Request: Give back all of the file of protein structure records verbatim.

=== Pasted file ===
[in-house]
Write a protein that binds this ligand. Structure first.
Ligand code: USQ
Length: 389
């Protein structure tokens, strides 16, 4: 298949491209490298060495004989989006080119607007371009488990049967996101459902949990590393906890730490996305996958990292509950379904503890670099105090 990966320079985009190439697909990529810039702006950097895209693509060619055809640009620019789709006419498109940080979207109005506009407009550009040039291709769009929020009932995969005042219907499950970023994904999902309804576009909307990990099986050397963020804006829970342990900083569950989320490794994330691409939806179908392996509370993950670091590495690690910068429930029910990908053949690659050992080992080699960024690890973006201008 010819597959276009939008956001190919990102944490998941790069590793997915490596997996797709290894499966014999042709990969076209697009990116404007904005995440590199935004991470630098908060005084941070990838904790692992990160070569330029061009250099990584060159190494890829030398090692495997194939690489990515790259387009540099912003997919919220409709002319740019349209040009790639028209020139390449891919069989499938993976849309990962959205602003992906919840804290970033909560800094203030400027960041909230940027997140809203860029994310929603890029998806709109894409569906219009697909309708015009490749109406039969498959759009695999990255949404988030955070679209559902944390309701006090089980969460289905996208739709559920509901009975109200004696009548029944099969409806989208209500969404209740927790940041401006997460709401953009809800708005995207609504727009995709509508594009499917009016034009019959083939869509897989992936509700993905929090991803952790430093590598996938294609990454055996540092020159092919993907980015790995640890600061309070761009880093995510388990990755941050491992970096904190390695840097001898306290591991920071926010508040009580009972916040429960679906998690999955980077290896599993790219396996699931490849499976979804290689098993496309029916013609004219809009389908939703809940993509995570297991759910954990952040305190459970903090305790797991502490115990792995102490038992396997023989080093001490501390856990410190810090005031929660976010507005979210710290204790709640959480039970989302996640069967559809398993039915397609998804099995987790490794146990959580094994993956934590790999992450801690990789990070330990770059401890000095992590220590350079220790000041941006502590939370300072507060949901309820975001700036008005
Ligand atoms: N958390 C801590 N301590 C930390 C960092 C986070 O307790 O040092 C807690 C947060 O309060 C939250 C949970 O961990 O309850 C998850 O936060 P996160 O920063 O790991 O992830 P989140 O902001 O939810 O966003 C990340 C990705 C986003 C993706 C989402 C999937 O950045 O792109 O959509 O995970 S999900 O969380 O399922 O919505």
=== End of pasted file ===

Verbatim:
[in-house]
Write a protein that binds this ligand. Structure first.
Ligand code: USQ
Length: 389
């Protein structure tokens, strides 16, 4: 298949491209490298060495004989989006080119607007371009488990049967996101459902949990590393906890730490996305996958990292509950379904503890670099105090 990966320079985009190439697909990529810039702006950097895209693509060619055809640009620019789709006419498109940080979207109005506009407009550009040039291709769009929020009932995969005042219907499950970023994904999902309804576009909307990990099986050397963020804006829970342990900083569950989320490794994330691409939806179908392996509370993950670091590495690690910068429930029910990908053949690659050992080992080699960024690890973006201008 010819597959276009939008956001190919990102944490998941790069590793997915490596997996797709290894499966014999042709990969076209697009990116404007904005995440590199935004991470630098908060005084941070990838904790692992990160070569330029061009250099990584060159190494890829030398090692495997194939690489990515790259387009540099912003997919919220409709002319740019349209040009790639028209020139390449891919069989499938993976849309990962959205602003992906919840804290970033909560800094203030400027960041909230940027997140809203860029994310929603890029998806709109894409569906219009697909309708015009490749109406039969498959759009695999990255949404988030955070679209559902944390309701006090089980969460289905996208739709559920509901009975109200004696009548029944099969409806989208209500969404209740927790940041401006997460709401953009809800708005995207609504727009995709509508594009499917009016034009019959083939869509897989992936509700993905929090991803952790430093590598996938294609990454055996540092020159092919993907980015790995640890600061309070761009880093995510388990990755941050491992970096904190390695840097001898306290591991920071926010508040009580009972916040429960679906998690999955980077290896599993790219396996699931490849499976979804290689098993496309029916013609004219809009389908939703809940993509995570297991759910954990952040305190459970903090305790797991502490115990792995102490038992396997023989080093001490501390856990410190810090005031929660976010507005979210710290204790709640959480039970989302996640069967559809398993039915397609998804099995987790490794146990959580094994993956934590790999992450801690990789990070330990770059401890000095992590220590350079220790000041941006502590939370300072507060949901309820975001700036008005
Ligand atoms: N958390 C801590 N301590 C930390 C960092 C986070 O307790 O040092 C807690 C947060 O309060 C939250 C949970 O961990 O309850 C998850 O936060 P996160 O920063 O790991 O992830 P989140 O902001 O939810 O966003 C990340 C990705 C986003 C993706 C989402 C999937 O950045 O792109 O959509 O995970 S999900 O969380 O399922 O919505």